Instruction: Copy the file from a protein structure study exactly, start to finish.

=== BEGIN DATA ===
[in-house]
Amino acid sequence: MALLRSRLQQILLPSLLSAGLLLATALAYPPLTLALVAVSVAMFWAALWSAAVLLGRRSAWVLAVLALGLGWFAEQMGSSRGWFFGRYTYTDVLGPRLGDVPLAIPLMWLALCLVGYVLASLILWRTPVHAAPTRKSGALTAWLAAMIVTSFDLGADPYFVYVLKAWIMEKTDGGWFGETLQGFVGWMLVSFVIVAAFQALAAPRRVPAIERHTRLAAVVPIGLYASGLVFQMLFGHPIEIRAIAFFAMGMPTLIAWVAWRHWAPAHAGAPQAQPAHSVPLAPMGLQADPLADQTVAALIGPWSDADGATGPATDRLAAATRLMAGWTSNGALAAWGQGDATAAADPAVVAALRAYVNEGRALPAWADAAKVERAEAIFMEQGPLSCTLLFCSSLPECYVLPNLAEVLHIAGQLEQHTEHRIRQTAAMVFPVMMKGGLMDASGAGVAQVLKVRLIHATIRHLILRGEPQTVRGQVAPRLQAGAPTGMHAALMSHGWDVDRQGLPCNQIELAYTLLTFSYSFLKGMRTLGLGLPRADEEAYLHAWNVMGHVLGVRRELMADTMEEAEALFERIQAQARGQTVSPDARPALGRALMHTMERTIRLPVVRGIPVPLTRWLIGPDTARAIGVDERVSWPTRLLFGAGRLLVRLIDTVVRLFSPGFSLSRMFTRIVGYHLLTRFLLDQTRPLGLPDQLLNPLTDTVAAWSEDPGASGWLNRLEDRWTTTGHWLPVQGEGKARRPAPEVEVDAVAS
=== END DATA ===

[in-house]
Amino acid sequence: MALLRSRLQQILLPSLLSAGLLLATALAYPPLTLALVAVSVAMFWAALWSAAVLLGRRSAWVLAVLALGLGWFAEQMGSSRGWFFGRYTYTDVLGPRLGDVPLAIPLMWLALCLVGYVLASLILWRTPVHAAPTRKSGALTAWLAAMIVTSFDLGADPYFVYVLKAWIMEKTDGGWFGETLQGFVGWMLVSFVIVAAFQALAAPRRVPAIERHTRLAAVVPIGLYASGLVFQMLFGHPIEIRAIAFFAMGMPTLIAWVAWRHWAPAHAGAPQAQPAHSVPLAPMGLQADPLADQTVAALIGPWSDADGATGPATDRLAAATRLMAGWTSNGALAAWGQGDATAAADPAVVAALRAYVNEGRALPAWADAAKVERAEAIFMEQGPLSCTLLFCSSLPECYVLPNLAEVLHIAGQLEQHTEHRIRQTAAMVFPVMMKGGLMDASGAGVAQVLKVRLIHATIRHLILRGEPQTVRGQVAPRLQAGAPTGMHAALMSHGWDVDRQGLPCNQIELAYTLLTFSYSFLKGMRTLGLGLPRADEEAYLHAWNVMGHVLGVRRELMADTMEEAEALFERIQAQARGQTVSPDARPALGRALMHTMERTIRLPVVRGIPVPLTRWLIGPDTARAIGVDERVSWPTRLLFGAGRLLVRLIDTVVRLFSPGFSLSRMFTRIVGYHLLTRFLLDQTRPLGLPDQLLNPLTDTVAAWSEDPGASGWLNRLEDRWTTTGHWLPVQGEGKARRPAPEVEVDAVAS